How to Plan a Handmade Wardrobe that Works: Phase 1 Ideation


If you were to hang all your handmade garments on a single clothing rack, how many of those pieces would work together? Is there a garment hanging there that you love but you've never worn because nothing seems to go with it? Do the colors and prints even go together? If you've just realized that this may be a problem for you, keep watching. This video is the first of a series I'm doing on building a handmade wardrobe that works.

First of all, I'm not an expert on wardrobe planning. The questions I asked you earlier were the questions I asked myself, so I did some research and attempted to create a simple summer wardrobe. If you'd like to see the result of that, here's a link

The Summer wardrobe experiment inspired me to try it again for Fall, but I wanted to make more intentional choices this time. In order to do that I did a search and stumbled across a company called Outfit Formulas.   I'll leave a link so you can learn more about their offering, but my choice was to purchase a few of their wardrobe guides. I picked The French Minimalist Capsule Wardrobe and the Body Shape Capsule Wardrobe among a couple others. As a side note, you won't find these for sale on the site any longer, the ones I purchased were older guides that have been moved to the membership to make room for new guides to come.

These guides have given me a good idea of the garment types that would work well in combination with each other, providing me the information I needed to narrow down my sewing plans to patterns resembling the items shown in the guide.

The French Minimalist Capsule Wardrobe called for a short sleeve t-shirt, a striped long sleeve t-shirt, a printed shirt, a neutral sweater, a black skirt, pants and dress, and 3 variations of denim jeans. It also included a moto jacket, a cardigan and a trench coat for layer dressing.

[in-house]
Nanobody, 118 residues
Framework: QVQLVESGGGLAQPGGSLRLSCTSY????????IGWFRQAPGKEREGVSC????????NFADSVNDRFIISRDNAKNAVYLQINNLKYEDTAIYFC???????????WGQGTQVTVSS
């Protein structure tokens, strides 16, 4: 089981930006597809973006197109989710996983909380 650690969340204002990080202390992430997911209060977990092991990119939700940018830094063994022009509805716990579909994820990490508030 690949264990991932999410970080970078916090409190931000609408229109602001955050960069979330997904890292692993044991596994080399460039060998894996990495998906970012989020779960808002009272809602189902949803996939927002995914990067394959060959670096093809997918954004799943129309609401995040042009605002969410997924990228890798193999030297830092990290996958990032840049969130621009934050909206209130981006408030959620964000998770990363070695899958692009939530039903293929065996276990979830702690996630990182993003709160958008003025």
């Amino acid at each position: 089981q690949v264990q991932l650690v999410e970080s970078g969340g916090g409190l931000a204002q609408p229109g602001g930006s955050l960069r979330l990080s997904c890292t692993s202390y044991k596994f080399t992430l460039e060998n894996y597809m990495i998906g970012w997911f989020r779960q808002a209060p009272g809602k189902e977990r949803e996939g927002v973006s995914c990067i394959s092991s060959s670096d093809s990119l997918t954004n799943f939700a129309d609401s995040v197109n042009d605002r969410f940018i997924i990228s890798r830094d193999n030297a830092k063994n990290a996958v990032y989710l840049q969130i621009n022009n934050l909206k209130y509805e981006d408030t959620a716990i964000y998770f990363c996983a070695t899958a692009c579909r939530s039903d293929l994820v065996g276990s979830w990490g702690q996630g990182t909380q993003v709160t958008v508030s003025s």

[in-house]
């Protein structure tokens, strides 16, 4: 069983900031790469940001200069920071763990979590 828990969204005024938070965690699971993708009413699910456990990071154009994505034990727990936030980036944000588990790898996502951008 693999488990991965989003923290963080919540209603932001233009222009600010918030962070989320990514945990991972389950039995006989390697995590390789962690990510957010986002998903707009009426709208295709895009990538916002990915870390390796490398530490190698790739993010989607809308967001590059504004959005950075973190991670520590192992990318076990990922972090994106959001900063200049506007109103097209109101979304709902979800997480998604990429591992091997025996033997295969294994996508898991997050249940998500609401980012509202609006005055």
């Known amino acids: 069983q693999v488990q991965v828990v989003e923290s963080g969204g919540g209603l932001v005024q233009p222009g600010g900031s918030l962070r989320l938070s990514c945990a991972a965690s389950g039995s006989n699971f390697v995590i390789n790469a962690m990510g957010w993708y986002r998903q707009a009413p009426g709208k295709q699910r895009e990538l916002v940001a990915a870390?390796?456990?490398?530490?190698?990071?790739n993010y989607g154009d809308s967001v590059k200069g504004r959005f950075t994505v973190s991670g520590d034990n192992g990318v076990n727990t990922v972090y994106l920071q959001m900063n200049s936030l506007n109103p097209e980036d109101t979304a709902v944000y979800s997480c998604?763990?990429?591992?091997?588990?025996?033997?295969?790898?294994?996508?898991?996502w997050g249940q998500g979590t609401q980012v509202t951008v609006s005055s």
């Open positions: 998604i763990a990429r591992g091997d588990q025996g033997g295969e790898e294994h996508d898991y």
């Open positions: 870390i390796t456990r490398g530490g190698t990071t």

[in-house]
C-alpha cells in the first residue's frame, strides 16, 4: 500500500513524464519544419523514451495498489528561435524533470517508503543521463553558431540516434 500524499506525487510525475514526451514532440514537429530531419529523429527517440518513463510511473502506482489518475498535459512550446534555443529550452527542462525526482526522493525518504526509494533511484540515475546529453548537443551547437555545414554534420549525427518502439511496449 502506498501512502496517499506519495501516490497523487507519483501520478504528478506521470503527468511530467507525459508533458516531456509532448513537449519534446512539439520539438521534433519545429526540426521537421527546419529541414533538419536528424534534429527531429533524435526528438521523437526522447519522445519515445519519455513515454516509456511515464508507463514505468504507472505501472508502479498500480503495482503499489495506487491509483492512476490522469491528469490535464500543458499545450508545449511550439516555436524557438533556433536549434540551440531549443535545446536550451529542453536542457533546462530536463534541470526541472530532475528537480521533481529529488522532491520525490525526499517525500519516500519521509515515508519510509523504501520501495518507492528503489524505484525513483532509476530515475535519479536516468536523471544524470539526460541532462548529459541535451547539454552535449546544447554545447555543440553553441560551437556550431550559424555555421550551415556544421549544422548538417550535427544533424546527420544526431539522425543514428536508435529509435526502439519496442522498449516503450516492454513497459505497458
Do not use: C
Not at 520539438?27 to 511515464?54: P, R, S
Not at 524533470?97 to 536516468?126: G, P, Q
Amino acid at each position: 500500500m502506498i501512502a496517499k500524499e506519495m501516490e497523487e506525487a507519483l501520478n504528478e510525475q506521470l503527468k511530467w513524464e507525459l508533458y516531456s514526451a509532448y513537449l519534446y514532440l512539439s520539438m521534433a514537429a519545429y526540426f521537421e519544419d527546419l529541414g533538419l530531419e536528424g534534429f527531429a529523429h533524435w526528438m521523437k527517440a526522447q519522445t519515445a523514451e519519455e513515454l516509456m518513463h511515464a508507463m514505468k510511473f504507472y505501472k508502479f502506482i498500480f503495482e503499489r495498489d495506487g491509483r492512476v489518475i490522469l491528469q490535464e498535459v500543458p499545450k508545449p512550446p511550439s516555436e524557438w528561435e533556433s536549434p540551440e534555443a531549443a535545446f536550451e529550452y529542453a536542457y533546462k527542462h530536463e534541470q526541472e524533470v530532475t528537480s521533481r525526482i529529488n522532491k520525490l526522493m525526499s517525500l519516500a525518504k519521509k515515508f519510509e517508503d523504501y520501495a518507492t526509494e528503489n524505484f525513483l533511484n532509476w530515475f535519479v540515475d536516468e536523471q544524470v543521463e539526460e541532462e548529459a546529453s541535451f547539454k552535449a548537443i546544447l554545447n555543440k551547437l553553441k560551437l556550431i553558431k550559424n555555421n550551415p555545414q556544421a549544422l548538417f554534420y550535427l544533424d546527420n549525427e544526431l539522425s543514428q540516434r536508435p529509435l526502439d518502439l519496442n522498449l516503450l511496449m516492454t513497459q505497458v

First I decided what I wasn't going to make. Eliminating the garments I already owned or planned to buy. Definitely go through your closet before you go pattern shopping so you don't end up buying patterns you don't need or ignore the garments you've already made. I already own a pair of dark wash relaxed jeans and a few cardigans so I crossed those off the list.

Next I went through my current pattern stash and discovered a few patterns that have been on my list to make or remake. I pulled out the ones that fit into the Outfit Formula guide. These included a Dior wrap coat, the Style Arc Sienna jacket, Sunny Knit Top, Gem T, Dotty Blouse and the Crystal overshirt. I also pulled out a McCall's bag pattern I've wanted to make forever.

Then I went pattern shopping. I suggest you go to your favorite pattern shop first to look for the missing pieces. I chose Style Arc, simply because I like the styles they offer and they have a good selection to choose from. The more you can purchase from one shop the less confusing this part of the process will be. It's easy to get sidetracked by the selection in front of you, so keep your focus on the items you need right now.

I was shopping online, so to keep track of what I "might" buy, I added the patterns to my cart. This gave me the opportunity to see all of my choices in one spot, and allowed me to remove them from the cart if they didn't work well with the other pattern choices. It worked well to compare the patterns before making the final decision to purchase.

I was shopping during a pattern sale so I definitely purchased more than I needed but here's what I purchased that resembled the items in the guide. The Ziggie Biker Jacket, the Debra Zebra Knit Top, the Georgie Stretch Woven Jean, the Miranda Skirt, the Willow and Talia Pants and the Brice dress.

I gathered up all of my pattern choices and laid them out in front of me to assess their suitability against the Outfit Formula guide. Here's where you'll quickly see if you've chosen wisely.

It's clear to me that I've simply got too many items for the time I'll have to devote to the project, so I'll need to eliminate some of these options. I'm going to work through that process and come back to you next week with the criteria I used to eliminate the excess, and show you my final choices.

If you’d like to see a little more behind the scenes footage of my ideation process, follow me on Instagram. You’ll find me @inhousepatterns. I’ve posted some reels there that you might find interesting.

If you're an experienced sewer, you know that choosing what to sew is pretty easy, putting it together in terms of a wardrobe is a little more difficult but the most challenging part of sewing for yourself is understanding how to make a pattern fit you. If you've been struggling with that, I have a free guide that might help you. It's called the Perfect Fit Guide and it walks you through the fitting process one step at a time, from taking your body measurements to assessing your sample for fit. I've even included a body measurement chart so you can get started right away. You'll find a link to the guide on this page.

Thanks for watching, I'll chat with you soon!

All My Best,